INDIANAPOLIS – A furious early pace by Olympian Molly Huddle split the pack early, while a tenacious finish by Brian Shrader put a gap on the field late, but the end result was the same, as both took home top prize Sunday morning at the .US National 12K in Alexandria, Virginia.
An opening first mile in 5:09 gave Huddle a clear edge early, as the U.S. 5,000m record holder on the track showed her speed from a long racing season was still sharp. From the gun, Huddle strung out the pack and by the first mile the lead group was a mere seven athletes.
By the time Huddle hit the second mile split, the pack found itself a group of five, as Providence College standout Emily Sisson, Olympian Kim Conley, Sara Hall and Emily Infeld stayed with the pace. Mile by mile Huddle continued to run even splits and by the half way turnaround, she cleared the field and put over ten seconds on then second place runner Hall.
Over the final 5k of Sunday’s race, Huddle showed why she’s one of the best runners in the world, keeping relaxed form and eyes forward. The early pace didn’t slow Huddle and in the final strides before hitting the finish tape, she flashed a smile, taking home her second consecutive .US National 12K title in 38:07.
Behind Huddle, Sisson ran a tremendous race, pulling away from Conley and Hall with two miles to go and never looking back. Sisson crossed the finish in 38:20, well behind Huddle but well ahead of Conley, who placed third in 38:41. Hall settled for fourth after trying desperately to hang with Huddle early on, crossing the finish in 38:47.
Huddle’s victory also allowed her to leapfrog Hall atop of the USA Running Circuit overall standings. Similar to 2013, Huddle’s win clinched her the title, finishing the USARC season with four wins and 75 total points, 14 points ahead of Hall’s second place tally. Brianne Nelson, who finished ninth overall in Sunday’s race, concluded her season third place overall with 49 points.
“I’m really happy with the way things went today,” Huddle said. “I knew it would be tough to get a record today because I was running solo but I was excited to repeat my titles. It’s been a great year. Long but great.”
Young talent dominated the rest of the top eight in the final women’s results. First year pro Elaina Balouris finished fifth place overall in 39:02, edging out Infeld, who finished sixth in 39:12. Balouris’ teammate Juliet Bottorff ran tough through the finish with a seventh place effort in 39:28, while OTC Elite’s Alexi Pappas came home in eighth in 39:49. Nelson and Kellyn Johnson Taylor rounded out the top ten in 39:50 and 39:53 respectively.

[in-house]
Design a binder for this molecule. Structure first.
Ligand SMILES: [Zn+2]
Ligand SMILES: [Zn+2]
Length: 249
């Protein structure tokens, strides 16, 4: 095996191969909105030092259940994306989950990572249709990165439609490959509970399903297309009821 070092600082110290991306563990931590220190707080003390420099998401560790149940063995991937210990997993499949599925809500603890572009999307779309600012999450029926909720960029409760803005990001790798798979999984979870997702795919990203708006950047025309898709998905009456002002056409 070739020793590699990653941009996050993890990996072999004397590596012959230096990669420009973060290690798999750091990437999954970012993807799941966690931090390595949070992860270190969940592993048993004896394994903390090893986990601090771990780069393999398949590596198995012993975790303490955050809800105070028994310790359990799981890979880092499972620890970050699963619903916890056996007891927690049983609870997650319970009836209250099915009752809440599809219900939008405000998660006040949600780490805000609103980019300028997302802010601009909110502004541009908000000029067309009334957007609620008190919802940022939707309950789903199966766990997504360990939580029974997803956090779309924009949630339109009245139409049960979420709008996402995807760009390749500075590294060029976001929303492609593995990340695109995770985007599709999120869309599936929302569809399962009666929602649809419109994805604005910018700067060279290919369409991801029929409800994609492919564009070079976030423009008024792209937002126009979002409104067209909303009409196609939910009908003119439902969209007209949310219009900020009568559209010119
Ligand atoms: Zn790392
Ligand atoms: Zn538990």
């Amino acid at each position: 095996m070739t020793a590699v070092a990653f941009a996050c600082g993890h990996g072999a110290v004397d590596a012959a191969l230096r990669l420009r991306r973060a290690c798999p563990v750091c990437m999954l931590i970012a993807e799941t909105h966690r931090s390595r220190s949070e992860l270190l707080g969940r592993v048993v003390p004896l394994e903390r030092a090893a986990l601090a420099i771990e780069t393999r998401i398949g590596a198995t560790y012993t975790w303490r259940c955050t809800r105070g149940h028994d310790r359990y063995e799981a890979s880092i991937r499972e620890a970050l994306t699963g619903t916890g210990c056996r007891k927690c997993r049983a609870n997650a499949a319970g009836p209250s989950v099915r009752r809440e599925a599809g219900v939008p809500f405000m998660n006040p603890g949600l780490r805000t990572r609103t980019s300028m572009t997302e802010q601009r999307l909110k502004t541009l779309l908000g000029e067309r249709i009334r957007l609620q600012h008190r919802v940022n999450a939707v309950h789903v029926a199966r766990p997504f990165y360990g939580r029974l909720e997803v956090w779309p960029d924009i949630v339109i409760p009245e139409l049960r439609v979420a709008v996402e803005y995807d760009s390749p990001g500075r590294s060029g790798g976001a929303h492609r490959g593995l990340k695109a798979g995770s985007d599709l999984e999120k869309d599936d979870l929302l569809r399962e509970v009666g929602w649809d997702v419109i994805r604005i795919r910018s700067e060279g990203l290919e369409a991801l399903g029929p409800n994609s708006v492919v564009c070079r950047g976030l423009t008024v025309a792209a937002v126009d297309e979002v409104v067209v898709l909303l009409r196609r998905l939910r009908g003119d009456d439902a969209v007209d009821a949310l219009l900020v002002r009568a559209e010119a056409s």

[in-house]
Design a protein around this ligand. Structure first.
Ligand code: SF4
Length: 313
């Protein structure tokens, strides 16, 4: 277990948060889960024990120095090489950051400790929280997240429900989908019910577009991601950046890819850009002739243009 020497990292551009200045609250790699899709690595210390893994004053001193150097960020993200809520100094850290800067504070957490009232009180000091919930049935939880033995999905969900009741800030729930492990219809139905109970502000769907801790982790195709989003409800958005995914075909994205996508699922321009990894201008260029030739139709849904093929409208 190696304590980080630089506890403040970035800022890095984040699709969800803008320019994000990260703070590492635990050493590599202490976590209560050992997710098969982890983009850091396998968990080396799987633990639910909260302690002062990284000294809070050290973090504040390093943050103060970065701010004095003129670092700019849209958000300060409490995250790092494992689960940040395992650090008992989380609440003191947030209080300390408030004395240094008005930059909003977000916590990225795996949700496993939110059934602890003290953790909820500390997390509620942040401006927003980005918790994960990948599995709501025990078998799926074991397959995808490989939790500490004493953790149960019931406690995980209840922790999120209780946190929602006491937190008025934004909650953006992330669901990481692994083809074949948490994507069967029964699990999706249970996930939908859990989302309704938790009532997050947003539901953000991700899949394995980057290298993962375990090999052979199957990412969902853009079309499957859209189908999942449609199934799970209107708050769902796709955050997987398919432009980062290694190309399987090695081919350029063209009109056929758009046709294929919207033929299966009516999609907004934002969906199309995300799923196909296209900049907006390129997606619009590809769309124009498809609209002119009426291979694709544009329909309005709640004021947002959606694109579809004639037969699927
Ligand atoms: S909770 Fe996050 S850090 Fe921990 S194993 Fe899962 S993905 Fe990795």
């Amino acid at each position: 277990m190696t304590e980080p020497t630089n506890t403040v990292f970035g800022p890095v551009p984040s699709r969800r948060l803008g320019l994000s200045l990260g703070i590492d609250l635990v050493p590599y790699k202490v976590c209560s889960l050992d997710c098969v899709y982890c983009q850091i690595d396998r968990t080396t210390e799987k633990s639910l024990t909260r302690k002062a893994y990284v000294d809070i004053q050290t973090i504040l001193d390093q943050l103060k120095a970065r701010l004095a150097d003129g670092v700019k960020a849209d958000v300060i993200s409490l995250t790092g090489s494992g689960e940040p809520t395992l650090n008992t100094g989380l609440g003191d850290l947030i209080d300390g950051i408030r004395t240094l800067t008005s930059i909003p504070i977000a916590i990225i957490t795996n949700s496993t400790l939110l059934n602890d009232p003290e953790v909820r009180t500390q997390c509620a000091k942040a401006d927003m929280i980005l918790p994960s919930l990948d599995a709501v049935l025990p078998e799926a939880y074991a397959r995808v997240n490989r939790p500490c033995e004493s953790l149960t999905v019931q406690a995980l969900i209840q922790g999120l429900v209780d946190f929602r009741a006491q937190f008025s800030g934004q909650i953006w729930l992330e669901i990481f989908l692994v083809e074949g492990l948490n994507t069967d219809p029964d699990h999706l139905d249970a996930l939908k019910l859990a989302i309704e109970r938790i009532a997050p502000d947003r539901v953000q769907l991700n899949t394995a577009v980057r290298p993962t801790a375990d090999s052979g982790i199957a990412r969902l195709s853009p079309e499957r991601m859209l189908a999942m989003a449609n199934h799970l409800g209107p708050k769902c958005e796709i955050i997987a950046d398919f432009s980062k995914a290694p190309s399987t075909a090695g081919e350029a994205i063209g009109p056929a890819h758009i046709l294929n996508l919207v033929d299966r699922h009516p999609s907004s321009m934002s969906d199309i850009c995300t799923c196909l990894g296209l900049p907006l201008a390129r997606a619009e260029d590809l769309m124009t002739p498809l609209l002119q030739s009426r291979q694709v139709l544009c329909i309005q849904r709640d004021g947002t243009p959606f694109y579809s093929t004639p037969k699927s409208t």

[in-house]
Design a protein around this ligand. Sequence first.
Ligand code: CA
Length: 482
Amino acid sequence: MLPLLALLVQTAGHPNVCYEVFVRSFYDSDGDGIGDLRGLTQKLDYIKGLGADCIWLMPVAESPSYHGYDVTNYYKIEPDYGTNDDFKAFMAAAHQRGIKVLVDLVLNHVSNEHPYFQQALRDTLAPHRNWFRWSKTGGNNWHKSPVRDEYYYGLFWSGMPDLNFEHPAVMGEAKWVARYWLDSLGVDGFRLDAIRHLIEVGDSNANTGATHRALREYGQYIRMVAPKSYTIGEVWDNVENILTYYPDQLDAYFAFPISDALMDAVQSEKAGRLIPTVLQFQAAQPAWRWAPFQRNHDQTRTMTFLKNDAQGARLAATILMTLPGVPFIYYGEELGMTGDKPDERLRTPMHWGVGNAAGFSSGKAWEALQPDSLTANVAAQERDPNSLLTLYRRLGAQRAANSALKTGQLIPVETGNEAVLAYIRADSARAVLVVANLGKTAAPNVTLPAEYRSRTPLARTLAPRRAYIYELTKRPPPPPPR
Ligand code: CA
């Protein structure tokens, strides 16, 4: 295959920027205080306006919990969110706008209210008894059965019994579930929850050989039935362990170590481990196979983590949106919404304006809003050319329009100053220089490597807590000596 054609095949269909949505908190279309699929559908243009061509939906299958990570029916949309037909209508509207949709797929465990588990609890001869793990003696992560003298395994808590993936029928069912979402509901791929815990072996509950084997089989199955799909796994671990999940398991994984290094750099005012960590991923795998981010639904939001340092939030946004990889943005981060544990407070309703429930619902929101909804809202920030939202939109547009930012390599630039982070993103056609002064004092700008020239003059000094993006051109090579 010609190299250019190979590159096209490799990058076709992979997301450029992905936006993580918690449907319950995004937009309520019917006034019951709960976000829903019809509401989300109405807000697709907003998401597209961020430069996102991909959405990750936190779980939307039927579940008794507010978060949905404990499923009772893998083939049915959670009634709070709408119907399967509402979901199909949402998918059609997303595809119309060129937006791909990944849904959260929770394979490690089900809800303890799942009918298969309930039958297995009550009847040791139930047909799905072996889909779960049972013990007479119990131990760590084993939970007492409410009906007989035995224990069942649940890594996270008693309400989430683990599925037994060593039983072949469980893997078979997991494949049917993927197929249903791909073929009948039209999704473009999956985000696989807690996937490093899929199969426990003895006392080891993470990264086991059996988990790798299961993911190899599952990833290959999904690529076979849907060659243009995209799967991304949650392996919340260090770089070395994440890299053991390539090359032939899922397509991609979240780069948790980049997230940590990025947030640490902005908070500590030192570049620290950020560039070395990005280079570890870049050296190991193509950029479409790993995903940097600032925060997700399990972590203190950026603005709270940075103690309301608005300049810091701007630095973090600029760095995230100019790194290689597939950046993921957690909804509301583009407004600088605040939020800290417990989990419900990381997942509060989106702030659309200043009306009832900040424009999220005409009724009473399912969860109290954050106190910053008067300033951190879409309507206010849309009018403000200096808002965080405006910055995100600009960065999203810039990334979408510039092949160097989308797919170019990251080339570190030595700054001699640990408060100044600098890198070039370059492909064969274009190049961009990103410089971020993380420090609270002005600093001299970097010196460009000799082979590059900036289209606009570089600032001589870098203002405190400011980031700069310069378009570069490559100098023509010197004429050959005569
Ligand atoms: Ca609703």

In the men’s race, defending champion Aaron Braun did much of the pacing work throughout the race. Braun hit the first mile marker in 4:42, pulling along a lead pack of nearly 15 athletes. The relaxed early pace allowed the group to stay together for the first four miles of the race, before Braun’s consistency up front began to take its toll.
The leaders whittled down to a pack of seven with less than a mile and a half to go. Braun continued to lead, with experienced veterans Girma Mecheso and Diego Estrada trailing closely behind. A core pack of Brian Shrader, Parker Stinson, Jared Ward and Andrew Colley, all current or recent collegiate runners, hung on, seemingly waiting to make their move.
With a mile to go, Stinson and Shrader moved to the front, pushing the pace and breaking apart the pack. Braun and Estrada responded, moving past the two after a quarter mile, with Braun starting to put a small gap between he and the chasers with a half mile to go.
Into the final homestretch, it looked as though Braun may hold on for a repeat victory, until Shrader put in one final surge to overtake Braun and Estrada, running away to a one second victory in 34:10, a new American record. The current Northern Arizona University standout raised his arms high as he crossed the finish, his first U.S. title in the books. Estrada finished a stride back in 34:11, while Braun finished third in 34:15.
“I’m pretty speechless,” Shrader said. “I just tried to stay in contention with guys like Diego and Aaron. I think I just got lucky at the end. I have indoor eligibility left (at Northern Arizona), so that’s what is next for me. I’ve never even made NCAA Outdoors before, so I’m still kind of in shock about today. I haven’t won a race in a while. Never run a 10K or a 12K before.”
Ward hung on over the final stages of the race to finish fourth overall in 34:15, while Mecheso and Stinson rounded out the top six in 34:16 and 34:18 respectively. Colley finished seventh in 34:24, while USA Running Circuit overall winner Christo Landry finished eighth in 34:41. Jim Spisak and Scott Bauhs finished ninth and tenth overall.
For Landry, coming off the Chicago Marathon, Sunday’s race was in many ways more of a victory lap. After winning three separate U.S. titles on the road this season, along with a pair of runner-up finishes, Landry took home the $25,000 USA Running Circuit overall series win with his 82 total points. Estrada’s runner-up finish Sunday put him in second place in the final standings with 51 points, while USA Marathon champion Tyler Pennel placed third with 49 points.
About the USARC
The USARC is a USA Track & Field road series featuring USA championships from one mile through the marathon and consistently attracts the best American distance runners with more than $500,000 to be awarded in total prize money. A total of $100,000 in prize money was awarded at the .US National 12K.
The first ten U.S. runners earn points at each USARC race (15 for first, 12 for second, 10 for third, 7, 6, 5, 4, 3, 2 and 1), with those earning the most points receiving prize money at the end of the series.
The mission of the USARC is to showcase, support and promote U.S. runners. Since its inception in 1995, the USARC and its races have provided over $7 million to U.S. distance runners.
Contributed by Scott Bush